Every April Fools’ Day, I think of my friend Sam, who chose April 1st for her wedding day.
It seems like a funny date for a wedding until you realize it’s brilliant! They got all the venues and services they wanted (because who gets married on April Fools’ Day?) and everyone remembers their anniversary.
I love a clever fool.
I am working on something. A secret project (labeled “secret” because after years of writing, I realized I work best if I don’t share my story with anyone until it’s finished). I’m excited about it, and downright giddy about the fact that it includes a fool who isn’t really.
The concept isn’t new. It is, in fact, a variation of the underdog story prevalent in just about every popular middle grade and young adult novel you can think of. It is even a variation of a religious narrative: the lowest of all is really the greatest of all . . .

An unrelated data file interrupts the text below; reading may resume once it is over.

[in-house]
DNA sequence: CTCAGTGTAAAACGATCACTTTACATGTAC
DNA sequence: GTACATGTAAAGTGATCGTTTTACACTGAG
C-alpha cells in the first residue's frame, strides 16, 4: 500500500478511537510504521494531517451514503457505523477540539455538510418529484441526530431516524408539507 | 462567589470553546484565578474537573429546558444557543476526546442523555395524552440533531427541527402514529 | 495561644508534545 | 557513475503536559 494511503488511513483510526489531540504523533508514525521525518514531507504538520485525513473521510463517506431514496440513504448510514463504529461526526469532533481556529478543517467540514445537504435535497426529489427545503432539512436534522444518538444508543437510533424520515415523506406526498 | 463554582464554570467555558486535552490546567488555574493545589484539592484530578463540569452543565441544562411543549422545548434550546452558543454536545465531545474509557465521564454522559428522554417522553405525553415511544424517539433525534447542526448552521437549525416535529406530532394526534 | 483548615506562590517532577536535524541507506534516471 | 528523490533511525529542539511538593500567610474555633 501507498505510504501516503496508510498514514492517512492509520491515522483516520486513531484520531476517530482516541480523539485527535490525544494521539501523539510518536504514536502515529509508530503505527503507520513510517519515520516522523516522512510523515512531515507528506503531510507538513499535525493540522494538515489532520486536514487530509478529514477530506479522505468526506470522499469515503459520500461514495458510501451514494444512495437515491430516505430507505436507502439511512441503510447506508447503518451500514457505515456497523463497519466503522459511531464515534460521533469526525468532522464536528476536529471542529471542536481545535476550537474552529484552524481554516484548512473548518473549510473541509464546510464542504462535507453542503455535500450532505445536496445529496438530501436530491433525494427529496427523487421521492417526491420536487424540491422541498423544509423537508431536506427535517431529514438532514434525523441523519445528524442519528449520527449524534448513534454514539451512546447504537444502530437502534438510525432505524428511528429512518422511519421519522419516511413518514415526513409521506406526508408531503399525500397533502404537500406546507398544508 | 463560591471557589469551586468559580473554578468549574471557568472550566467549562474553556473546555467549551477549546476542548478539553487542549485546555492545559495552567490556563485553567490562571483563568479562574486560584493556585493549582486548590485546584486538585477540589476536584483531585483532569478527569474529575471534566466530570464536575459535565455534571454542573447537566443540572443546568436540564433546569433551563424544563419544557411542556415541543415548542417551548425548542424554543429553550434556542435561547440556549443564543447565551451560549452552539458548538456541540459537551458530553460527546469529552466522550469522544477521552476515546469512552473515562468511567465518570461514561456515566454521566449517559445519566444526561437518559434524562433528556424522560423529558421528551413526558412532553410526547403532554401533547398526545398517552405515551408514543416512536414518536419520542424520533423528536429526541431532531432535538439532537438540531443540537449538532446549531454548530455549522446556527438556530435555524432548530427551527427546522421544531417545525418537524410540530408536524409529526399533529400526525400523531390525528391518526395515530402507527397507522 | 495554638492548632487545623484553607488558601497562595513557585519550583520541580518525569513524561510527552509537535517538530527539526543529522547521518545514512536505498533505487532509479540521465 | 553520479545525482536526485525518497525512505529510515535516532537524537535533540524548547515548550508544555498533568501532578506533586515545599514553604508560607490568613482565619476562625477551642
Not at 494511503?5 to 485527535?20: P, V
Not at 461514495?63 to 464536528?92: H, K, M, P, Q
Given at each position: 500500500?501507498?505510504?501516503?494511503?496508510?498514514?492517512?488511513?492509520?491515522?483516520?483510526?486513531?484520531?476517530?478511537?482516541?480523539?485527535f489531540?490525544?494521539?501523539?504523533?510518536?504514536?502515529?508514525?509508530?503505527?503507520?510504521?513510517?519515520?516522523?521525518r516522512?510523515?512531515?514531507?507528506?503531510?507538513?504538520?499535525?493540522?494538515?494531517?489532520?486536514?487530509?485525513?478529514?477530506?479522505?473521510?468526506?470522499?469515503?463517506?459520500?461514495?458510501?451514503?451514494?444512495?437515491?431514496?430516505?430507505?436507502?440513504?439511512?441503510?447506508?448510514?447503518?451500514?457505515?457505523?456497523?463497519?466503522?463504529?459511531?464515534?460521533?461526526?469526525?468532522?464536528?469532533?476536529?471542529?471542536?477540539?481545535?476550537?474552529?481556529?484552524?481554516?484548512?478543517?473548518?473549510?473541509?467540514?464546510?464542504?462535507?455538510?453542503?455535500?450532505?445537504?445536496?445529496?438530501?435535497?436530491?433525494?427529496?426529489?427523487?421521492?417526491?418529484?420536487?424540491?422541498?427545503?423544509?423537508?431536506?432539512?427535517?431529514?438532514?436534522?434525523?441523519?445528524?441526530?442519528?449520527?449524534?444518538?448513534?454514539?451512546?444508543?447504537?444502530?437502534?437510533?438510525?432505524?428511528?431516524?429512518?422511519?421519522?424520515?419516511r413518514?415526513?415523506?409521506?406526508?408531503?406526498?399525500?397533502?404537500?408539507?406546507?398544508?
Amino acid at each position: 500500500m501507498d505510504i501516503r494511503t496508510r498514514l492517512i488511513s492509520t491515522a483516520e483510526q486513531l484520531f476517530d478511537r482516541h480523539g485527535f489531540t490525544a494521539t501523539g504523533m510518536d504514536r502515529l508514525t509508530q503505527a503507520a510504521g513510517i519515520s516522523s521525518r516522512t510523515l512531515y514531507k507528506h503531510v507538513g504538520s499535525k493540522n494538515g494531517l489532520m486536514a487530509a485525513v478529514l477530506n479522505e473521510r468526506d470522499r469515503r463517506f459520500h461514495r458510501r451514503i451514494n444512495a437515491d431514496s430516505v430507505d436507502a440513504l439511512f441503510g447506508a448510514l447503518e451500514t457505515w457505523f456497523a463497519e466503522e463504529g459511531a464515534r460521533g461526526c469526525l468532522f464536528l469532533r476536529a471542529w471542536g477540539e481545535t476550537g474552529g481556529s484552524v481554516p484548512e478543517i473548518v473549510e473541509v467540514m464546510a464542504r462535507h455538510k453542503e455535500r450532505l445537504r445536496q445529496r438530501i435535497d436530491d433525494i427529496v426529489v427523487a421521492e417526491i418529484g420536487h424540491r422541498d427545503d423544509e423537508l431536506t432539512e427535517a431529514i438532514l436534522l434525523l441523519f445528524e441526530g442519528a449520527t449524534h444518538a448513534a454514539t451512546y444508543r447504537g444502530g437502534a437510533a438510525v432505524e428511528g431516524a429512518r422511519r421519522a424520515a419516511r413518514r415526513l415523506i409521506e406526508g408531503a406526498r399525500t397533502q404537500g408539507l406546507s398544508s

And when it’s done well, it is one of my favorite kinds of books to read.
The clever fool chooses to be the underdog; he hides his smarts, facing social ridicule, for a higher cause. Because I recognize how hard that would be (I’m pretty sure I couldn’t do it), such a person is my ultimate hero.
So in honor of April Fools’ Day, I give you my favorite fool books:
The Scarlet Pimpernel (and its sequels) by Baroness Orczy
The Thief (and its sequels) by Megan Whalen Turner
and The False Prince (and its sequels) by Jennifer Nielsen
Have you read them? (Do!) Do you have any fool favorites to add?
These books can be enjoyed solely for their entertainment value. But if a moral can be taken from them, perhaps it is that we should have the confidence to not worry about what society thinks.
Like, say, getting married on April Fools’ Day. [Happy Anniversary Sam and David!]